Thursday March 10, 2021
Current relating to COVID-19
The legal requirement to wear face masks indoors no longer applies to religious gatherings in Victoria. At this time the mask mandate is limited to specified situations including primary schools; on public transport, taxis and rideshare vehicles; planes and indoors at the airport; by people working in or visiting hospitals and indoor areas at care facilities; and by workers in hospitality and retail. Masks are recommended for other workers serving or facing members of the public, such as if you are at reception, meeting guests or serving customers. Some congregations and some members may still opt to wear masks in indoor settings, as a pastoral (rather than legal) precaution.
QR Code check-in is no longer required at churches or community halls unless they are being used as hospitality or entertainment venues. Covid-safe plans are still required. COVID check-in marshals are no longer required.
See the VicTas Frequently Asked Questions document updated March 3.
See the Victorian Government announcement: A Safe and Sensible Return to the Office as Masks Rules Ease
So what does this mean for us as we plan our gatherings in Autumn?
As before, we each have to weigh up the levels of risk we are facing, their likelihood and impact, and our ability to control the risks. We’re still in a period in which infection is moving through the community. While the Omicron variant appears to have milder symptoms, and in many cases no symptoms, a number of people with already vulnerable health could end up in hospital. We also need to consider the impact of being close contacts with people who are infected and being required to self-isolate.
As people in leadership roles, we can encourage people to approach the coming COVID-19 wave responsibly. The government’s COVID-focused website includes a page on staying safe, https://www.coronavirus.vic.gov.au/staying-safe, with facts about COVID19, advice on hygiene and physical distancing, checking in with QR codes, wearing face masks, developing a COVID-safe plan for home, what to do in an emergency, seasonal hay fever and asthma, and COVID vaccines. We are encouraged to stay at home if we feel unwell.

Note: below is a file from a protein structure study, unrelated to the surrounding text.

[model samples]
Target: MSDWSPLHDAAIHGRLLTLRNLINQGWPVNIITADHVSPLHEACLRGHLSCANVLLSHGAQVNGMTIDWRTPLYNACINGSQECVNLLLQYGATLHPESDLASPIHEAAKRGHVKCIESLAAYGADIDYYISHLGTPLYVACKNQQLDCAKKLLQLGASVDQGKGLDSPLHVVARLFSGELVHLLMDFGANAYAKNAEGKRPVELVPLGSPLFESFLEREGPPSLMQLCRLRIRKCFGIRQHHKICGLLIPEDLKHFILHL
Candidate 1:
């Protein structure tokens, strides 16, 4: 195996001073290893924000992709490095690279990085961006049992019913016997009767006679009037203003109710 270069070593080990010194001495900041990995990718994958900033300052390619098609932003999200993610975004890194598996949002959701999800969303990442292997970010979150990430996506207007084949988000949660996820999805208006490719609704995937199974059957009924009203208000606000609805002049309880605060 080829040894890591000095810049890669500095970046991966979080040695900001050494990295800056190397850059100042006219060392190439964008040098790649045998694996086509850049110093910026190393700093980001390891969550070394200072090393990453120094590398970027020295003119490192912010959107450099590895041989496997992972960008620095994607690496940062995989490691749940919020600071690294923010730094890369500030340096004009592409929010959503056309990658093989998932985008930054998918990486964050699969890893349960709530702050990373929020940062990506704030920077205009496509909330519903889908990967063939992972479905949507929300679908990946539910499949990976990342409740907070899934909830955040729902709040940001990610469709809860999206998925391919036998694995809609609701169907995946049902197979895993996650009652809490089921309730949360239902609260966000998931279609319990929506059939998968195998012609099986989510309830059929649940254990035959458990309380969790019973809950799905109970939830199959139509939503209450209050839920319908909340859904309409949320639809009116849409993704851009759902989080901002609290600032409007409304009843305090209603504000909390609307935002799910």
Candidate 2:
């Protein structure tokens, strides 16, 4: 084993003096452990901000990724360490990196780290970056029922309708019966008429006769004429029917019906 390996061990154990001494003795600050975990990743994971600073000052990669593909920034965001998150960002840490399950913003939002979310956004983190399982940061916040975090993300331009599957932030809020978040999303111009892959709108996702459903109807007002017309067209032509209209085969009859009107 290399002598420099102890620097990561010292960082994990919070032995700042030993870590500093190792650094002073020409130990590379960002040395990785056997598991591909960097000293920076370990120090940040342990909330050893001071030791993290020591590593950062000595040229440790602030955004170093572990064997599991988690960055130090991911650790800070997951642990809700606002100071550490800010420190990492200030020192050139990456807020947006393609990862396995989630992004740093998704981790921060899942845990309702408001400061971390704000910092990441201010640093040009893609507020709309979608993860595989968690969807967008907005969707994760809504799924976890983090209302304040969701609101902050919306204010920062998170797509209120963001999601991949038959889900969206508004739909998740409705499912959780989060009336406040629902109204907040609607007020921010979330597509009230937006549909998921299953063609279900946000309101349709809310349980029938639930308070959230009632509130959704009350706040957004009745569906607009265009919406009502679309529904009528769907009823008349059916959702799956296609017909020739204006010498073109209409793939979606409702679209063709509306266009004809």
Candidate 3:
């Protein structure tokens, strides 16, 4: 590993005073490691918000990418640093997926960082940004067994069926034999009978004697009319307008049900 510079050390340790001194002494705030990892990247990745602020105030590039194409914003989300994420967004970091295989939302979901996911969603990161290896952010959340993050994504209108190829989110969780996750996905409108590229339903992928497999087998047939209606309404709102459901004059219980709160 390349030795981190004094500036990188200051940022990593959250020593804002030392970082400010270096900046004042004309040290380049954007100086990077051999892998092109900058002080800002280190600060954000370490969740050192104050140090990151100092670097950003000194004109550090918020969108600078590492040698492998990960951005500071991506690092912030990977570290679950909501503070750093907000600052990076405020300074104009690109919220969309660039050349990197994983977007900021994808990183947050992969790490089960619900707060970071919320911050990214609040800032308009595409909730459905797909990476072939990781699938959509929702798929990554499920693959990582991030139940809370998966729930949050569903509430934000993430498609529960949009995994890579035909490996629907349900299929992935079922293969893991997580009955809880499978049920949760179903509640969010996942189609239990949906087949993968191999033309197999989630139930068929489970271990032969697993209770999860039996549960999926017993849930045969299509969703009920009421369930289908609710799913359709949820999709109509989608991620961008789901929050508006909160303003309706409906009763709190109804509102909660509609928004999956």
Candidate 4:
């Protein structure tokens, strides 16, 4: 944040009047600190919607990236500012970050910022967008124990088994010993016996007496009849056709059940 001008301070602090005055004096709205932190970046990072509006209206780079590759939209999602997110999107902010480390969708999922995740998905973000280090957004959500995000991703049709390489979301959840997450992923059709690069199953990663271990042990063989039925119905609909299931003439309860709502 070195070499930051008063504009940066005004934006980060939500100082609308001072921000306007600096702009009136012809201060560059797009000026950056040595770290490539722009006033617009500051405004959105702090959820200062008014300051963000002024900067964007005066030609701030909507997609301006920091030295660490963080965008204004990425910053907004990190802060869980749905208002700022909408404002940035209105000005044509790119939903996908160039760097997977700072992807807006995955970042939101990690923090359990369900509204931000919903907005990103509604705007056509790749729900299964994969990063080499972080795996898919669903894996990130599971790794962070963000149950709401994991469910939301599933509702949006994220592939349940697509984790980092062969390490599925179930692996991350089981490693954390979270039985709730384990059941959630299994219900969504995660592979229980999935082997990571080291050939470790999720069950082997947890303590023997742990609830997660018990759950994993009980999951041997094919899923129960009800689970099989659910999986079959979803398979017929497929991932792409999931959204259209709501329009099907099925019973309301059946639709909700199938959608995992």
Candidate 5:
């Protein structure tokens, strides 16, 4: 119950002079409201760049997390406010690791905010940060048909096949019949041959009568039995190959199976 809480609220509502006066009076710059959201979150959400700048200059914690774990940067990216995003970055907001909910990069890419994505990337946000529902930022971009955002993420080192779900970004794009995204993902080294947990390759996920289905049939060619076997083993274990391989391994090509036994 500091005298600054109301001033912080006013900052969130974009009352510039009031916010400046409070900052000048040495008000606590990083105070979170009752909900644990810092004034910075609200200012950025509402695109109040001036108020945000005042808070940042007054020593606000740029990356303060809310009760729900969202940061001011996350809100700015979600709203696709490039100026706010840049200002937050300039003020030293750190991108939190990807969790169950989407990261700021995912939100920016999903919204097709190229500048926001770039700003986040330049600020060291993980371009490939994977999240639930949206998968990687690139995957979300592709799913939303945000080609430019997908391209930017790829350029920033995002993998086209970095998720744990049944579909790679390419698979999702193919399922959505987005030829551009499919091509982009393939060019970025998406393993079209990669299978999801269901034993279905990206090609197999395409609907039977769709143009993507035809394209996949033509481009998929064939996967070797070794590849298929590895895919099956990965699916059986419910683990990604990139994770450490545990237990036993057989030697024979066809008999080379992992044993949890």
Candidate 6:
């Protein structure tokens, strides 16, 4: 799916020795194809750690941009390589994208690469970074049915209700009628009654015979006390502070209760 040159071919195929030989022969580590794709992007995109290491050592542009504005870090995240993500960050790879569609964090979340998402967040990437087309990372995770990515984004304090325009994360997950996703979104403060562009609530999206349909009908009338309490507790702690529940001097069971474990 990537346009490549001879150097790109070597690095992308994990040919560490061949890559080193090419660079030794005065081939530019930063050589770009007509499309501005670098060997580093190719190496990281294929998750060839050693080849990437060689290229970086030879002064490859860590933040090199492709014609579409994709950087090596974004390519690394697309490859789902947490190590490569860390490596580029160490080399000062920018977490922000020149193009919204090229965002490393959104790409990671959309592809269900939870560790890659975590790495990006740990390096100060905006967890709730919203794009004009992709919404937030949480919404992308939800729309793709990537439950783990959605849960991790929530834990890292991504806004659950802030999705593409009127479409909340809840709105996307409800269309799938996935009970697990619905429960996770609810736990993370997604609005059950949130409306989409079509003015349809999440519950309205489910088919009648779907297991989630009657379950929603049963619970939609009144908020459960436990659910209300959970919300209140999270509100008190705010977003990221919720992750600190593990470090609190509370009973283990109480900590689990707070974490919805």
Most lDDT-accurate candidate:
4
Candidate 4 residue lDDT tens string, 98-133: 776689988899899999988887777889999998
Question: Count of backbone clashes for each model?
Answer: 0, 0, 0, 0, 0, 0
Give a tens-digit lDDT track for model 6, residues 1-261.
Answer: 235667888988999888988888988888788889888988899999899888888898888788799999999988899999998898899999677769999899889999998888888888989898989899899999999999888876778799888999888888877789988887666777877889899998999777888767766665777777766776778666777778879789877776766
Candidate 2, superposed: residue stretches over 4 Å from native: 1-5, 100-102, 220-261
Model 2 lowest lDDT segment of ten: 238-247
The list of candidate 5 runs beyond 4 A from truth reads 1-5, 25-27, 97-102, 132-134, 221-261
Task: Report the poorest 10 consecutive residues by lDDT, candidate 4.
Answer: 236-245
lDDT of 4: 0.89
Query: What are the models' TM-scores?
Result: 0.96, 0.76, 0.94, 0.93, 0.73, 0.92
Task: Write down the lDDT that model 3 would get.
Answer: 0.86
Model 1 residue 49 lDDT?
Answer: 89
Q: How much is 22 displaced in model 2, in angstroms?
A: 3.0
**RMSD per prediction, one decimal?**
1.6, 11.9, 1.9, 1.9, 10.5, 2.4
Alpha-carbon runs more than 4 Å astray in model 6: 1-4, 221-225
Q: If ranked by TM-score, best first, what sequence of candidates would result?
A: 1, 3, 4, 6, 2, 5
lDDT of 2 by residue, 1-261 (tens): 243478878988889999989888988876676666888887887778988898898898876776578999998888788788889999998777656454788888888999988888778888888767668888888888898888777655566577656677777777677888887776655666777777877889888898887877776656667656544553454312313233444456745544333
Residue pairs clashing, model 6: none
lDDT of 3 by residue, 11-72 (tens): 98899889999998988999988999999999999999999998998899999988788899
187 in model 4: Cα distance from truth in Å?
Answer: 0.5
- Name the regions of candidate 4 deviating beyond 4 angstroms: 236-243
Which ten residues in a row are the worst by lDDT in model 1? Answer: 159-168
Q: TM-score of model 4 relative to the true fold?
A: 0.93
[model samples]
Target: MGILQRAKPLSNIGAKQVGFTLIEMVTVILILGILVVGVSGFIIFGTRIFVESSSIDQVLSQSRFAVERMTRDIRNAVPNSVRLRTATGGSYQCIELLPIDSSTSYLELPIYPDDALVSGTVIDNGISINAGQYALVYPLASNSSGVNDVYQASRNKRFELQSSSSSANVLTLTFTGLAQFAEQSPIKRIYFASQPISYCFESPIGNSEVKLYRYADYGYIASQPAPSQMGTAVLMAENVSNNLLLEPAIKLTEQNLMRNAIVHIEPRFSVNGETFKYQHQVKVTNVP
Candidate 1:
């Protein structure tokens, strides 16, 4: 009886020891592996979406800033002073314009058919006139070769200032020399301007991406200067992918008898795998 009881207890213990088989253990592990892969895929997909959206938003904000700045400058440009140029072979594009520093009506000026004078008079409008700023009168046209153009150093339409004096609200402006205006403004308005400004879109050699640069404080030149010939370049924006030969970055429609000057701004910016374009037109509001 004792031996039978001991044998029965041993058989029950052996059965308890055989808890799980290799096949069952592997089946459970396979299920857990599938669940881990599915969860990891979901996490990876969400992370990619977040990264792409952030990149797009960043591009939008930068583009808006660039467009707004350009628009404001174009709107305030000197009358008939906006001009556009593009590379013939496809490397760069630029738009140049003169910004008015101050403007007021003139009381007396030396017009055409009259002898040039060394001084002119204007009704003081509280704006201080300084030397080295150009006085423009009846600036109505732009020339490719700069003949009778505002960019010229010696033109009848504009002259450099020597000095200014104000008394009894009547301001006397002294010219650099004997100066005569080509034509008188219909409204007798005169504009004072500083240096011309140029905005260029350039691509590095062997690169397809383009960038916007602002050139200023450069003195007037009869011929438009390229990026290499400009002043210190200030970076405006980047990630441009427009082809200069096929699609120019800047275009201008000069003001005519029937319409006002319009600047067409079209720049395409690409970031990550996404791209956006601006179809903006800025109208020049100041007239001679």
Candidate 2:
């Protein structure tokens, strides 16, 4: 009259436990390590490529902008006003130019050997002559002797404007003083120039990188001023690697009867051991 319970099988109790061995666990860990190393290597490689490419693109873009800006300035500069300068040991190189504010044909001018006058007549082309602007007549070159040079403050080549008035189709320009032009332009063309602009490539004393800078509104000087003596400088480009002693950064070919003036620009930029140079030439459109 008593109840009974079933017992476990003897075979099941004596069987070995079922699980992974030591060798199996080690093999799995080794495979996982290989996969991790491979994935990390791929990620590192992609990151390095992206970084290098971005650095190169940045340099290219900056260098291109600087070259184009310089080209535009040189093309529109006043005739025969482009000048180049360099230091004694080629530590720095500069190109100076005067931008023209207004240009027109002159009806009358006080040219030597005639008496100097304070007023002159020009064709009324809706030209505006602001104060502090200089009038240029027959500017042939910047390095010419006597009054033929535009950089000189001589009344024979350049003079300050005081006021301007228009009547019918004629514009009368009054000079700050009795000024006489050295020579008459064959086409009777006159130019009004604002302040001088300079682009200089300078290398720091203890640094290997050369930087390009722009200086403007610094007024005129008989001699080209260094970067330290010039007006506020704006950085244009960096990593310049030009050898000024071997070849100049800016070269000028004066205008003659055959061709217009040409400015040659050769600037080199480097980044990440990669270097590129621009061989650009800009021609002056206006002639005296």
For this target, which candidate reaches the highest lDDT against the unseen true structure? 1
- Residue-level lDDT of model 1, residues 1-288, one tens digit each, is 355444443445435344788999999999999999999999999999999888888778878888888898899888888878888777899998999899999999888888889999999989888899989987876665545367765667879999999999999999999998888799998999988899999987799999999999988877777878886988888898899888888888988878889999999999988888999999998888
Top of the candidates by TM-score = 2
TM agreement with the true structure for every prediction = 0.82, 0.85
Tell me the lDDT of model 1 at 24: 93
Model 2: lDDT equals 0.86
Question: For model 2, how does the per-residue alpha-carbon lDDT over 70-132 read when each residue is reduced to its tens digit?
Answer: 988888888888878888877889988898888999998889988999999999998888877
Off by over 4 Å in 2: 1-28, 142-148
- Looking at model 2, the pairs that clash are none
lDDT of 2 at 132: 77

Even though masks are not currently legally required in religious gatherings, it is still the case that masks reduce the risk of COVID-19 transmission, especially in indoor settings where people are singing and ventilation is limited. The government still recommends wearing a mask if you can’t physically distance, are indoors in public areas, have any symptoms, or if you are with people who may be vulnerable to COVID-19. Some workplaces and other settings (including congregations) may recommend masks. We’re expected to always carry a mask when leaving home. Face masks are still mandatory in a number of key, high-risk settings.
Proof of full vaccination or medical exemption is no longer legally required for people to attend a religious gathering. This may be due to pressure from churches as they anticipate the number of people from the general public who are likely to consider attending a Christmas-related gathering. People who have had COVID and recovered, but haven’t been vaccinated, will now legally be able to rejoin their congregations. While this relaxation may be a relief for those people who have been responsible for checking vaccination status at the door, some of our members will be more anxious about exposing themselves or their loved ones to further risk. As it turns out, knowing that everyone has had two vaccination shots may lead to a false sense of security, as the Omicron variant is spreading among the fully vaccinated in other parts of the world.
Ventilation more important than surface cleaning
The government has removed requirements for deep cleaning of buildings after known infections. There’s evidence that ventilation is a much more significant factor in the spread of infection. It is recommended that places of worship open windows and outside doors where possible to maximise ventilation. Reduce or eliminate recirculated air and increase the use of outdoor air where possible.